•I stayed ambitious, I didn’t stay here for a salary - I stayed to make something of my life.

What challenges do I have?

•Unsupportive management - when I needed it, my answer was HR

•Staying motivated when I’m at my worst

•Having to say no – this was something new to me

•Trying to explain when I don’t actually know myself

What helps?

•Don’t be scared

•Taking your time

•Be honest with yourself

I often ask myself, have I been fortunate?

Yes and no. Some things are what they should be, a fair work place but I strongly say this, ‘I wouldn’t be where I am if I didn’t make it work and ask the right questions’. We have rights, remember that. On a cynical note, we work for a business, it has to work for them too, so it’s not all about you, If you think that, then you aren’t being fair.

Funny thing is, I don’t want to leave and my status is not looking for work but I’m forever getting head hunted by agencies (aren’t we all because of LinkedIn?). So I thought, let me see what these people who desperately want to recruit me would say. So I took the opportunity to entertain a conversation, I let the rep sell me why they wanted me out of everyone. I said, ‘Sounds good, so I have lupus, I work full time but I have flexible hours, for me it means that I can come in late if needed, I won’t and can’t compromise on this. I asked, go find out from the employer and get back to me. ‘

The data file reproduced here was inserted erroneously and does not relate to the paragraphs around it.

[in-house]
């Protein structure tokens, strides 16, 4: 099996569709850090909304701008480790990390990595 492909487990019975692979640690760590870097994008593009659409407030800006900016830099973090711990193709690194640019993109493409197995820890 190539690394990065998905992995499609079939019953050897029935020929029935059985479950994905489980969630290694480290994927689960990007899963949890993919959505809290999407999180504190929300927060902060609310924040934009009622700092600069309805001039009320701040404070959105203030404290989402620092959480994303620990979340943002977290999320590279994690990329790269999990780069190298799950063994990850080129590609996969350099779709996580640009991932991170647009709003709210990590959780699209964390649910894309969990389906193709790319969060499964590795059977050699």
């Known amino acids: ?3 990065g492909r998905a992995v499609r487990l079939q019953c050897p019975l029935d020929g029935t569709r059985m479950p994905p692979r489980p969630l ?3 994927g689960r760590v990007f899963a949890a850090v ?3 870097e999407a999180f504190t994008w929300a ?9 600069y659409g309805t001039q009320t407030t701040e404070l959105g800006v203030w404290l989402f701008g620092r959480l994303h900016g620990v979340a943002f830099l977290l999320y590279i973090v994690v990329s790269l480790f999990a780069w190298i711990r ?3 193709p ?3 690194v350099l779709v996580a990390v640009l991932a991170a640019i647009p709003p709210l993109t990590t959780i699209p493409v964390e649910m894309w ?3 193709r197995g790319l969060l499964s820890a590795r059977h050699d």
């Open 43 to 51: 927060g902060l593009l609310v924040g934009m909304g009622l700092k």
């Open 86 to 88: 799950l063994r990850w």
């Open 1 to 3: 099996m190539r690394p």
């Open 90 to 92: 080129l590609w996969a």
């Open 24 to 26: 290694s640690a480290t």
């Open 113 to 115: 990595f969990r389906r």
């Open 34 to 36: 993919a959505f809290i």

Did I ever hear back? No.

I work for an amazing company that have looked after me and not held back on giving me the same opportunities as everyone else. I don’t think I’d get the same courtesy anywhere else, though I could be wrong.

To end, I would say to any one working with lupus, ask yourself, “where do I stand with….”. This applies to everything;… with working late,….with absence,... with getting help,.. .with our policy. This will help you make the decisions YOU need to make, we all know with lupus, there is already so much out of your control, take it back where you can.

If you need more information about support in the workplace for yourself or your employer, you can download or order our free employment guides from our website at

1 Reply

Kiren, really excellent blog, and I think inspirational in the way you've coped. Thanks for taking the time and being so open about everything!